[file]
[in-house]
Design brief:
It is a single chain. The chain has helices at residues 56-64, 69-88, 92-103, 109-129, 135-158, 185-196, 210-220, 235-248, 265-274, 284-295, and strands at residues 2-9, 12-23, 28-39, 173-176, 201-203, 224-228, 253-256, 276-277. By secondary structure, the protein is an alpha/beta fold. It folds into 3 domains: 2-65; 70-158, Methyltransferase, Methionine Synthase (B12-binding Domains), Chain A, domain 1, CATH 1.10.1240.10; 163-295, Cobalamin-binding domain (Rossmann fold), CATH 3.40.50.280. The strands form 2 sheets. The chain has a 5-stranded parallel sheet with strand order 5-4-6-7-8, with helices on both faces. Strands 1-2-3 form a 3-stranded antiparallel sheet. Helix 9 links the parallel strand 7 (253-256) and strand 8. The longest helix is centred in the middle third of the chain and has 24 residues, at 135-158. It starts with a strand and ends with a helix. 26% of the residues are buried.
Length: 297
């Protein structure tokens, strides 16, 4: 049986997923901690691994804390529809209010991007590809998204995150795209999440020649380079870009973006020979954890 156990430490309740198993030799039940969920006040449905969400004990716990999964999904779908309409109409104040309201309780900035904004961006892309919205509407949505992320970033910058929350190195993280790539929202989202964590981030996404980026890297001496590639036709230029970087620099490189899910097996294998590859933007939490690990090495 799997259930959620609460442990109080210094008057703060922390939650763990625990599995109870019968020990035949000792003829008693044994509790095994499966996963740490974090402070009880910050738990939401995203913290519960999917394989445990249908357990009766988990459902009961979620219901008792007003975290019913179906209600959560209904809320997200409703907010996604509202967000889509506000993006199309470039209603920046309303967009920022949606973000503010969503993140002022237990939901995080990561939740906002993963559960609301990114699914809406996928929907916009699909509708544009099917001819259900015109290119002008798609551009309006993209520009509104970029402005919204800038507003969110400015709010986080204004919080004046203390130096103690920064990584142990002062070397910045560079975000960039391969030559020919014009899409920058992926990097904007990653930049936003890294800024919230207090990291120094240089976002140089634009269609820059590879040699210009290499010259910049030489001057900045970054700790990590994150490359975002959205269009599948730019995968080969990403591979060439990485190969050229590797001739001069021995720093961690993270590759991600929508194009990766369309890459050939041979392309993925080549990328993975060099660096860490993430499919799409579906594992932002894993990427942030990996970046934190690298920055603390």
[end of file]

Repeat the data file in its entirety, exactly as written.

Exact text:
[in-house]
Design brief:
It is a single chain. The chain has helices at residues 56-64, 69-88, 92-103, 109-129, 135-158, 185-196, 210-220, 235-248, 265-274, 284-295, and strands at residues 2-9, 12-23, 28-39, 173-176, 201-203, 224-228, 253-256, 276-277. By secondary structure, the protein is an alpha/beta fold. It folds into 3 domains: 2-65; 70-158, Methyltransferase, Methionine Synthase (B12-binding Domains), Chain A, domain 1, CATH 1.10.1240.10; 163-295, Cobalamin-binding domain (Rossmann fold), CATH 3.40.50.280. The strands form 2 sheets. The chain has a 5-stranded parallel sheet with strand order 5-4-6-7-8, with helices on both faces. Strands 1-2-3 form a 3-stranded antiparallel sheet. Helix 9 links the parallel strand 7 (253-256) and strand 8. The longest helix is centred in the middle third of the chain and has 24 residues, at 135-158. It starts with a strand and ends with a helix. 26% of the residues are buried.
Length: 297
């Protein structure tokens, strides 16, 4: 049986997923901690691994804390529809209010991007590809998204995150795209999440020649380079870009973006020979954890 156990430490309740198993030799039940969920006040449905969400004990716990999964999904779908309409109409104040309201309780900035904004961006892309919205509407949505992320970033910058929350190195993280790539929202989202964590981030996404980026890297001496590639036709230029970087620099490189899910097996294998590859933007939490690990090495 799997259930959620609460442990109080210094008057703060922390939650763990625990599995109870019968020990035949000792003829008693044994509790095994499966996963740490974090402070009880910050738990939401995203913290519960999917394989445990249908357990009766988990459902009961979620219901008792007003975290019913179906209600959560209904809320997200409703907010996604509202967000889509506000993006199309470039209603920046309303967009920022949606973000503010969503993140002022237990939901995080990561939740906002993963559960609301990114699914809406996928929907916009699909509708544009099917001819259900015109290119002008798609551009309006993209520009509104970029402005919204800038507003969110400015709010986080204004919080004046203390130096103690920064990584142990002062070397910045560079975000960039391969030559020919014009899409920058992926990097904007990653930049936003890294800024919230207090990291120094240089976002140089634009269609820059590879040699210009290499010259910049030489001057900045970054700790990590994150490359975002959205269009599948730019995968080969990403591979060439990485190969050229590797001739001069021995720093961690993270590759991600929508194009990766369309890459050939041979392309993925080549990328993975060099660096860490993430499919799409579906594992932002894993990427942030990996970046934190690298920055603390």